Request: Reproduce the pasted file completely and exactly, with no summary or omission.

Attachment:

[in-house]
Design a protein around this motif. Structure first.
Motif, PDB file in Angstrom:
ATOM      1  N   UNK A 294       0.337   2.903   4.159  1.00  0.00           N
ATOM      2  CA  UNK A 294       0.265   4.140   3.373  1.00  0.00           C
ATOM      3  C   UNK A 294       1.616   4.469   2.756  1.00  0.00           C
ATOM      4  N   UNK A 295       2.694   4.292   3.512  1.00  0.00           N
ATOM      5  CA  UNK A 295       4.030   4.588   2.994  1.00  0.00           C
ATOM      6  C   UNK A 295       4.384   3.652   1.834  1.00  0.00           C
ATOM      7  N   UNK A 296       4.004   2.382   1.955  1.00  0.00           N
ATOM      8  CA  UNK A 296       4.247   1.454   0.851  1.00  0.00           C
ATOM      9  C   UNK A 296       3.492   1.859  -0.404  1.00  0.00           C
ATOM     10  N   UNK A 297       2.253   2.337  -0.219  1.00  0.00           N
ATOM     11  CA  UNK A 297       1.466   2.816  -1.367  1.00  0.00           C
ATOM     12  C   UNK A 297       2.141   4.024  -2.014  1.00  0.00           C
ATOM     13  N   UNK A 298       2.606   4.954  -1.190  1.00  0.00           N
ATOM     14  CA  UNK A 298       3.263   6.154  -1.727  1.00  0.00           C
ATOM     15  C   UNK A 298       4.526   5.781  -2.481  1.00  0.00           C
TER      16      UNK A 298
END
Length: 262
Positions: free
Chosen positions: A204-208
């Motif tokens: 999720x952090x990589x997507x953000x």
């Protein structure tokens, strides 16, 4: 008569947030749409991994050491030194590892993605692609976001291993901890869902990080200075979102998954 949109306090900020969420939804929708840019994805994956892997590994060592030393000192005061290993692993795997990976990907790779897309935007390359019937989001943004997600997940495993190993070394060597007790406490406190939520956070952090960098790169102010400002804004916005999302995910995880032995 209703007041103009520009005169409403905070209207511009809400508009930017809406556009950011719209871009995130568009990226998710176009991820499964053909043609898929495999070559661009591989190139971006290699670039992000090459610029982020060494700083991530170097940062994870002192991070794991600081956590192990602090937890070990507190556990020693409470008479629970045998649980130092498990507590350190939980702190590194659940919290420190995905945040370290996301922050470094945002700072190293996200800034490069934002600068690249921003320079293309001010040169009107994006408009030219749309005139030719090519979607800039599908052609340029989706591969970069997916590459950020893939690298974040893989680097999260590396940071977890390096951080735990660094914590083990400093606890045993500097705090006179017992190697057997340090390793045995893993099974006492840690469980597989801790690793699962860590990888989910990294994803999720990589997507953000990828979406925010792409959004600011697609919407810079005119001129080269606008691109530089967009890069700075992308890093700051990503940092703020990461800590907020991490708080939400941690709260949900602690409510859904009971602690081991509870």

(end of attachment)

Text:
[in-house]
Design a protein around this motif. Structure first.
Motif, PDB file in Angstrom:
ATOM      1  N   UNK A 294       0.337   2.903   4.159  1.00  0.00           N
ATOM      2  CA  UNK A 294       0.265   4.140   3.373  1.00  0.00           C
ATOM      3  C   UNK A 294       1.616   4.469   2.756  1.00  0.00           C
ATOM      4  N   UNK A 295       2.694   4.292   3.512  1.00  0.00           N
ATOM      5  CA  UNK A 295       4.030   4.588   2.994  1.00  0.00           C
ATOM      6  C   UNK A 295       4.384   3.652   1.834  1.00  0.00           C
ATOM      7  N   UNK A 296       4.004   2.382   1.955  1.00  0.00           N
ATOM      8  CA  UNK A 296       4.247   1.454   0.851  1.00  0.00           C
ATOM      9  C   UNK A 296       3.492   1.859  -0.404  1.00  0.00           C
ATOM     10  N   UNK A 297       2.253   2.337  -0.219  1.00  0.00           N
ATOM     11  CA  UNK A 297       1.466   2.816  -1.367  1.00  0.00           C
ATOM     12  C   UNK A 297       2.141   4.024  -2.014  1.00  0.00           C
ATOM     13  N   UNK A 298       2.606   4.954  -1.190  1.00  0.00           N
ATOM     14  CA  UNK A 298       3.263   6.154  -1.727  1.00  0.00           C
ATOM     15  C   UNK A 298       4.526   5.781  -2.481  1.00  0.00           C
TER      16      UNK A 298
END
Length: 262
Positions: free
Chosen positions: A204-208
């Motif tokens: 999720x952090x990589x997507x953000x």
């Protein structure tokens, strides 16, 4: 008569947030749409991994050491030194590892993605692609976001291993901890869902990080200075979102998954 949109306090900020969420939804929708840019994805994956892997590994060592030393000192005061290993692993795997990976990907790779897309935007390359019937989001943004997600997940495993190993070394060597007790406490406190939520956070952090960098790169102010400002804004916005999302995910995880032995 209703007041103009520009005169409403905070209207511009809400508009930017809406556009950011719209871009995130568009990226998710176009991820499964053909043609898929495999070559661009591989190139971006290699670039992000090459610029982020060494700083991530170097940062994870002192991070794991600081956590192990602090937890070990507190556990020693409470008479629970045998649980130092498990507590350190939980702190590194659940919290420190995905945040370290996301922050470094945002700072190293996200800034490069934002600068690249921003320079293309001010040169009107994006408009030219749309005139030719090519979607800039599908052609340029989706591969970069997916590459950020893939690298974040893989680097999260590396940071977890390096951080735990660094914590083990400093606890045993500097705090006179017992190697057997340090390793045995893993099974006492840690469980597989801790690793699962860590990888989910990294994803999720990589997507953000990828979406925010792409959004600011697609919407810079005119001129080269606008691109530089967009890069700075992308890093700051990503940092703020990461800590907020991490708080939400941690709260949900602690409510859904009971602690081991509870």